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IMHO, for landscape, a wider view would be better. 24mm on a 40D might not be wide enough. Here I find the composition too tight and not much of the sky is shown. Another important thing to note is to shoot the pic around 6.30 - 7.30pm where the sun is setting which create wonderful colours in the skies. Set your cam to shutter pioritiy mode and experiment with the different shutterspeed till you get something you like. Also consider getting a Canon 10-22mm for that extra width.

Here's 2 pic I took of the same subject with 40D and sigma 10-20.
Merlion
Merlion2
Hi m3lv1nh0,

I was taking photos there during that time from 6pm to 8pm, taking my time to test and learn the shots. I know the sky would be beautiful with wonderful colours, but I simply can't capture much without a wide lens. Wait till I save up for it...money is hard to come by.

Anyway, may I ask then how to gauge the right exposure, without blowing it off too much on the highlights and showing too little from the shadows?

Is it purely through experience?
 

calebk

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#12
...
Anyway, may I ask then how to gauge the right exposure, without blowing it off too much on the highlights and showing too little from the shadows?

Is it purely through experience?
Your camera has a spot meter. Use it.
 

lennyl

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Know of this...but never tried it before..hehe...I shall try the bracketing shot...but how do we blend the photos in photoshop?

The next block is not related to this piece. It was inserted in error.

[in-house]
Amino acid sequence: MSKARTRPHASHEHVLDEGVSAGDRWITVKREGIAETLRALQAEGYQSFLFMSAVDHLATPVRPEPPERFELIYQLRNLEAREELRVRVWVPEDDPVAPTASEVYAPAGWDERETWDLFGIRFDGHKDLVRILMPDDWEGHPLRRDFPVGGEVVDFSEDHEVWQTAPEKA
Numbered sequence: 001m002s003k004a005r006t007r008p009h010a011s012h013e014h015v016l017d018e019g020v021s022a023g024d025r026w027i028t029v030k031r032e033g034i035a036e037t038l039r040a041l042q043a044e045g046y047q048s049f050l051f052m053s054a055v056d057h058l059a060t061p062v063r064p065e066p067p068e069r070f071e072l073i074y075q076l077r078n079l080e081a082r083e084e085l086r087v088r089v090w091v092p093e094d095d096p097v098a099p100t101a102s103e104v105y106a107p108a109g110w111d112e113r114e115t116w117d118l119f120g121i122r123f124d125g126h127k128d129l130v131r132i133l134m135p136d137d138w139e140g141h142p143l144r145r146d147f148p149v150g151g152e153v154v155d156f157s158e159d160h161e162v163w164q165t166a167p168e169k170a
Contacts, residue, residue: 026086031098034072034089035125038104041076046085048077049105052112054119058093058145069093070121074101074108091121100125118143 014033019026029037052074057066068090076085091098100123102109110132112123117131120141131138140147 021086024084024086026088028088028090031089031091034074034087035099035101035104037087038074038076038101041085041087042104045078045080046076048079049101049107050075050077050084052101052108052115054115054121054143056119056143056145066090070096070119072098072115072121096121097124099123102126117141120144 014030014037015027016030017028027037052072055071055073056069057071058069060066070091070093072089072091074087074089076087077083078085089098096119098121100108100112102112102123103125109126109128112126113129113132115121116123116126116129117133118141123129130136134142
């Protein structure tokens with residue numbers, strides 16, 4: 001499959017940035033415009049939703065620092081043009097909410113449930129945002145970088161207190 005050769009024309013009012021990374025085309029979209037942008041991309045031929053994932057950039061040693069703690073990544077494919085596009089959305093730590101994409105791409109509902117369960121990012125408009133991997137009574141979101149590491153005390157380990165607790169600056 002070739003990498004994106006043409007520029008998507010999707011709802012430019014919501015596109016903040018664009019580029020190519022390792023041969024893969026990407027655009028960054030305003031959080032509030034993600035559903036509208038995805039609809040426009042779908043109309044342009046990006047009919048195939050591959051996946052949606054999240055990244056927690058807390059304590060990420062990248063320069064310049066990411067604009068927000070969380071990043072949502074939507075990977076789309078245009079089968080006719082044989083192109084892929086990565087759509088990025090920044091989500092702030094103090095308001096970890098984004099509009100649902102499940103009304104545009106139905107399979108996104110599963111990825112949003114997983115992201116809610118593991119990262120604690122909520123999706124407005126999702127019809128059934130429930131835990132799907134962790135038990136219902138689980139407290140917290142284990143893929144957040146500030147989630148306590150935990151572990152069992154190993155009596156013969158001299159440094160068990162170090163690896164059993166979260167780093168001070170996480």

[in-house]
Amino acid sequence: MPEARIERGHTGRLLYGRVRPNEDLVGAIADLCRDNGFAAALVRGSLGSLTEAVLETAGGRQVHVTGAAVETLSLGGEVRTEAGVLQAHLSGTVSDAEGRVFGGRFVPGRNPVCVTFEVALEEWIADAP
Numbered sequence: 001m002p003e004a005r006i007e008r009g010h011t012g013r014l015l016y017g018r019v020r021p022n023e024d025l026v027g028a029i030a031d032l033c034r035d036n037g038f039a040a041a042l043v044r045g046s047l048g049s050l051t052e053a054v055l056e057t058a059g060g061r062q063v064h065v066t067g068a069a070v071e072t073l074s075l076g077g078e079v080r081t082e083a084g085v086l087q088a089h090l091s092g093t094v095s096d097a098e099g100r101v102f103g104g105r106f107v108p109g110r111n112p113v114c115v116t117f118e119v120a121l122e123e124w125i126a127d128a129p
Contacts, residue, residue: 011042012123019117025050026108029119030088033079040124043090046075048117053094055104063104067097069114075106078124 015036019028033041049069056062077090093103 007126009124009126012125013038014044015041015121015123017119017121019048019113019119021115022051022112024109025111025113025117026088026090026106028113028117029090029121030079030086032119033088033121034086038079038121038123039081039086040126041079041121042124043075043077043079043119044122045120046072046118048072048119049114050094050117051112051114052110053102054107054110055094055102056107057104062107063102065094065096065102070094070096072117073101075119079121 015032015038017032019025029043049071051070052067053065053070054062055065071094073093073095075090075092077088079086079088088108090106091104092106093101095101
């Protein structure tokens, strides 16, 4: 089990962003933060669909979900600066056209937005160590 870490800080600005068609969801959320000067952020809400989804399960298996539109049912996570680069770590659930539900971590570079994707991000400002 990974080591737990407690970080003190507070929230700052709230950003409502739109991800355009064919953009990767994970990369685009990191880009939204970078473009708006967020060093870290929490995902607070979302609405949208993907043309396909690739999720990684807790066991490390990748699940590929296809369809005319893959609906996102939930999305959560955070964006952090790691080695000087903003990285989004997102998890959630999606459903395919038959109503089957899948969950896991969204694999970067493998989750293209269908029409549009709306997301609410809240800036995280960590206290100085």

Google for "blend exposure photoshop" and you will come up with a few different methods. Scott Kelby's Photoshop book has technique too. And as calebk pointed out, use your camera to meter. And check the histogram after capture.
 

sohzai

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Your camera has a spot meter. Use it.
Google for "blend exposure photoshop" and you will come up with a few different methods. Scott Kelby's Photoshop book has technique too. And as calebk pointed out, use your camera to meter. And check the histogram after capture.
roger...guess i will do my own read up before asking you guys more questions.
 

lennyl

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roger...guess i will do my own read up before asking you guys more questions.
Not that I don't want to explain in detail, but I'm not very experienced in blending in Photoshop myself (only done it a few times, and kept feeling I could have done a better job) and since I learned from those sources, would rather you get it straight from the source than have it (mis)interpreted by me.

If the highlights / shadows are not completely blown, using shadows / highlight adjustment can recover plenty without blending. You'll probably be better off doing that with the raw image than a JPEG.
 

sohzai

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Not that I don't want to explain in detail, but I'm not very experienced in blending in Photoshop myself (only done it a few times, and kept feeling I could have done a better job) and since I learned from those sources, would rather you get it straight from the source than have it (mis)interpreted by me.

If the highlights / shadows are not completely blown, using shadows / highlight adjustment can recover plenty without blending. You'll probably be better off doing that with the raw image than a JPEG.
Nope nope...don't get it wrong...I also have not thought about reading up first before asking here.. :) thanks for providing the links too...

Yah...think raw would be much better to work with, I never shot in RAW before cause I know I wouldn't be processing them. Now, its a different story...
 

justshot

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#19
hmmm... thought you had attended the classes already....
 

waileong

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#20
Who says the picture is not exposed "correctly"? There is no such thing as a "correct" exposure, only an exposure that gives you the effect you want. In fact, some of the best classic pictures are not exposed "correctly".